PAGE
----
Meadows in the Mountains, set in the heart of the Rhodopian Mountains, is a truly magical and unique festival. Featuring unsigned acts and DJs that provide the soundtrack to the most surreal adventure you’ll ever have, dancing your feathers and sequins off at 8 in the morning as the sunrises over you and your 700 new best friends.
Admittedly, it’s no easy feat to make it to the festival itself, taking some committed travel planning, however the 5 hour coach journey from Sofia is entirely worthwhile and something you won’t even recall by the end of the trip. Sofia itself is well worth taking a visit to either side of the festival. It is a fantastic city with its quirky bars, outrageously cheap drinks and beautiful buildings. I would recommend going on a walking tour and getting to know some of the city’s fascinating history, from its ancient ruins to its communist reign, the layered city offers plenty to explore.
Upon finally arriving in the tiny village of Smolyan, aka the middle of nowhere where the festival is located, it is slightly overwhelming. Watched by the bemused locals who seem rather bewildered at being infiltrated by an influx of Technicolor ravers, the pressure to buy a cowbell and don a bindi might be a bit much (DON’T DO IT – what happens in Bulgaria doesn’t necessarily stay in Bulgaria), but don’t panic – magic awaits you.
But first things first, do you stay in the mountains? Instead of camping, my friends and I decided to stay in the house of one of the locals which you can do so for as little as £10 a night. We got a taxi (you can buy a £15 wristband for an unlimited taxi service which takes you to and from the village and festival. You also get a bizarre and itchy horse-drawn cart ride to the festival site itself, but you end up usually walking most of the way) and we arrived at our chosen house Zorka’s, where a sweet Bulgarian lady met us – she didn’t speak a word of English, we didn’t speak any Bulgarian, so we felt a bit like we were infiltrating her lovely home. We guiltily arrived back each morning 9am, leaving our muddy shoes outside the door. One day we woke up around 4pm to find she had cleaned our muddy shoes for us! The guilt couldn’t have felt worse, and we tried our very best to communicate our Thanks (We love you Zorka!) So apart from the horrendous shame of being the worst houseguests imaginable, if you can live with yourself disrupting the life of an adorable Bulgarian lady (she gave us roses from her garden as we left), then I recommend staying in a house as you get a comfy bed, clean shower and toilet. Although we may have been luckier than some, as we heard a horror story of someone’s shower being a *refurbished* pigsty.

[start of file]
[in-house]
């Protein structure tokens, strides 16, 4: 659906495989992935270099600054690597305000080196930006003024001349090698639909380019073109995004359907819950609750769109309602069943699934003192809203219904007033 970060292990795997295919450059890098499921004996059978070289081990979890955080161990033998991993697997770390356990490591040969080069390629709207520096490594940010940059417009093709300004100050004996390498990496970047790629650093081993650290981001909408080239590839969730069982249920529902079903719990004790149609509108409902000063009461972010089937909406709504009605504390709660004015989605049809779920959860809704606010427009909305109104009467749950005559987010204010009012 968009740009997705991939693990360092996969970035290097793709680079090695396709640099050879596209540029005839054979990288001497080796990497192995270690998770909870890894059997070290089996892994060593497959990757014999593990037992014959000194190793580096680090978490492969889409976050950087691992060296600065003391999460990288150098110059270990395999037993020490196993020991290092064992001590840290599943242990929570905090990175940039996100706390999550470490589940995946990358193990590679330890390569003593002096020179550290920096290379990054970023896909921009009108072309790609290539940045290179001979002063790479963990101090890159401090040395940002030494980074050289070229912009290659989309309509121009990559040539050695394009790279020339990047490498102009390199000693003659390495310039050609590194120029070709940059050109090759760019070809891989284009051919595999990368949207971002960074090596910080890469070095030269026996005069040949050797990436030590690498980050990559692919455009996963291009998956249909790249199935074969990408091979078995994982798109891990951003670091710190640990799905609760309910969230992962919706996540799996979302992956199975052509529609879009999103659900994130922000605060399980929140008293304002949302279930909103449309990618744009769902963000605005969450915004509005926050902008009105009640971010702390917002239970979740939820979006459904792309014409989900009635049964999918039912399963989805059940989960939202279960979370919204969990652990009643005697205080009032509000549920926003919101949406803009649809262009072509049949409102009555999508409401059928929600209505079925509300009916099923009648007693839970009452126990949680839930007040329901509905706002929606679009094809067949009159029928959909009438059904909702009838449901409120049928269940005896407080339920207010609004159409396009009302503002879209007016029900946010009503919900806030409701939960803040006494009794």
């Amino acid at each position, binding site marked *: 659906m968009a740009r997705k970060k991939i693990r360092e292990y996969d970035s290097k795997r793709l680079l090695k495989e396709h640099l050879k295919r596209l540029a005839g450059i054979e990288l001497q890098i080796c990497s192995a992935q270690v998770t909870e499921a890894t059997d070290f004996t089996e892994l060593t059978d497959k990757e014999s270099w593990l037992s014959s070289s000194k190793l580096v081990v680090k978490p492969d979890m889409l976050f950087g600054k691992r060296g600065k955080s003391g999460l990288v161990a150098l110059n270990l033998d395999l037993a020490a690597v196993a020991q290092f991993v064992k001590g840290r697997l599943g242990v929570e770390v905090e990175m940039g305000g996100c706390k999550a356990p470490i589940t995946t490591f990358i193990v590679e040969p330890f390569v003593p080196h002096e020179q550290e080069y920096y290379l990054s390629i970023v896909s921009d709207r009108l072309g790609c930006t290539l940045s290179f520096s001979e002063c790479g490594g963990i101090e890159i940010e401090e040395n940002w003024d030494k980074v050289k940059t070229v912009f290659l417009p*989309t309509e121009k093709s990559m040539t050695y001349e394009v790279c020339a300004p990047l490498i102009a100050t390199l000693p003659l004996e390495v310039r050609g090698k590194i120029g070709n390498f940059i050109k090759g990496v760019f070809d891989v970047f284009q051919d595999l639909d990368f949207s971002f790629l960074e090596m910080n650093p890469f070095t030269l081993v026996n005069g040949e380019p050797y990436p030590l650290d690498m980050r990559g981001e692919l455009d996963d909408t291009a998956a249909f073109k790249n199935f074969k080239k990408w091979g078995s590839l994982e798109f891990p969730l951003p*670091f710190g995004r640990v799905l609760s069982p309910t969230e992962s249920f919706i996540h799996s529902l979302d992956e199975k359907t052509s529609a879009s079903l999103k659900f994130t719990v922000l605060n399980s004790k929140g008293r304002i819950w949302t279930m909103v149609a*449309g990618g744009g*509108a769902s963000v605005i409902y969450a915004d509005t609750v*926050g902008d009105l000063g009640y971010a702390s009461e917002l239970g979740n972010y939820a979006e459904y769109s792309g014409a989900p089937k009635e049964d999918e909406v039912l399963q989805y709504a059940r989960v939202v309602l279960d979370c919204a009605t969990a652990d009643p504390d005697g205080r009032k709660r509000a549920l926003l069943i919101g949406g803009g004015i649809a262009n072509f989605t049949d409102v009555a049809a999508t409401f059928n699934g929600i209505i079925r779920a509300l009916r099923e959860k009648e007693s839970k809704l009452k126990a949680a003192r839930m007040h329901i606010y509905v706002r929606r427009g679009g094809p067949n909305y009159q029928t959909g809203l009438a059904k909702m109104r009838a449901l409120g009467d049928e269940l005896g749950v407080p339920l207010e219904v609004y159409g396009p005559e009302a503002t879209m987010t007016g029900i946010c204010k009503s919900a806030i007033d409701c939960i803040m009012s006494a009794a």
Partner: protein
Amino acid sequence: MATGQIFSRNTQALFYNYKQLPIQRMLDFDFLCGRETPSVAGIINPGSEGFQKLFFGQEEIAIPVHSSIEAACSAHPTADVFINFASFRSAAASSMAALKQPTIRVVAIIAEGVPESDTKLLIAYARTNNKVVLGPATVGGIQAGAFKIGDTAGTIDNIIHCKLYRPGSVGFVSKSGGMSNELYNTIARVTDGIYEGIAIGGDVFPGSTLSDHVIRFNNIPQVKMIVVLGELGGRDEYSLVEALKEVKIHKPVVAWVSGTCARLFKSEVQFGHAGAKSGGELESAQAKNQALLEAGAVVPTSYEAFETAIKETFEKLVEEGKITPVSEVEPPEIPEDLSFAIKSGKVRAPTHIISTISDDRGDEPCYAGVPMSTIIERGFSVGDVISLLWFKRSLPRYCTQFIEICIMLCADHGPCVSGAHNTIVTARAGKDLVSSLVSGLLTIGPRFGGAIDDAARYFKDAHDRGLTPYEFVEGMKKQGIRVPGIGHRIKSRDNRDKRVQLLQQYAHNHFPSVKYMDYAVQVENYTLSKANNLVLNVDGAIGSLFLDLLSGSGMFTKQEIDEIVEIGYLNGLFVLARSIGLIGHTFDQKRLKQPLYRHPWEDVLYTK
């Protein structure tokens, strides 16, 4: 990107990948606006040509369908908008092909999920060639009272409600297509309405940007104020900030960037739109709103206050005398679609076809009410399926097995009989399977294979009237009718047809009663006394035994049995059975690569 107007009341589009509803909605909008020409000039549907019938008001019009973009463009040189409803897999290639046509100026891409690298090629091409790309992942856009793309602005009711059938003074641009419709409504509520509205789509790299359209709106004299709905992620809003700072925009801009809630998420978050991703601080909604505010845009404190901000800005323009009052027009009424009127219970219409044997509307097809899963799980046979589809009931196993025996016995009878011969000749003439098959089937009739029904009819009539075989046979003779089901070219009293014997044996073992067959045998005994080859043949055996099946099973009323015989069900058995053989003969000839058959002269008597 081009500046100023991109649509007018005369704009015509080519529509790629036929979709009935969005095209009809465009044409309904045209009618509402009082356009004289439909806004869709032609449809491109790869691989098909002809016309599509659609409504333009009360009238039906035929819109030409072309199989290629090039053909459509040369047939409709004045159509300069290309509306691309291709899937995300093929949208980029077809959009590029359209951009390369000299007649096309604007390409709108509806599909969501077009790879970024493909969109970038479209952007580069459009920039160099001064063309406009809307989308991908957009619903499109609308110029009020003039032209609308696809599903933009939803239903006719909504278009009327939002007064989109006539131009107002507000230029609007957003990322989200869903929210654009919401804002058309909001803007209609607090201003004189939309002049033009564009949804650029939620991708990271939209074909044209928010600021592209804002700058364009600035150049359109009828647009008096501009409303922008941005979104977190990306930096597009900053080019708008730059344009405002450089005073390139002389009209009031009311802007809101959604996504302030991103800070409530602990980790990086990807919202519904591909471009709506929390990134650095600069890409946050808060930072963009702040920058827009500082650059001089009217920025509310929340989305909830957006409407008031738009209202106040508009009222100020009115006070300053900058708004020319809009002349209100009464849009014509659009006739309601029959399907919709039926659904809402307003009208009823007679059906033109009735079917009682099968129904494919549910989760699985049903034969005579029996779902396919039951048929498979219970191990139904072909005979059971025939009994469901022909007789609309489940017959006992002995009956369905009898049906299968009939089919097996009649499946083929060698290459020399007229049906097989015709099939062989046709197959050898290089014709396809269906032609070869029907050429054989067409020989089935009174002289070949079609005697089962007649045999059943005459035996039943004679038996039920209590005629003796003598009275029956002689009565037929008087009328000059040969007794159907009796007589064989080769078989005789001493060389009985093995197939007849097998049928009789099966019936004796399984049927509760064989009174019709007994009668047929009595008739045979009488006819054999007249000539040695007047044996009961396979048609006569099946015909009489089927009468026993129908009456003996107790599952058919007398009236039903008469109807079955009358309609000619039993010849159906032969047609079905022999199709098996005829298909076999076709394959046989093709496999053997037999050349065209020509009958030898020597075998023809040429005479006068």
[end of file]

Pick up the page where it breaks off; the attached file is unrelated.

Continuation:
Camping also seemed to have its perks, as you’re right next to the festival site which saves you the trek up the mountain as there weren’t always taxis when you needed them. However when you did manage to grab one they were absolutely hilarious – I had a Drive moment being driven up the windy road to the mountaintop at full speed to the taxi driver’s techno music and his built-in blue neon lights, and it was pretty much the best feeling ever.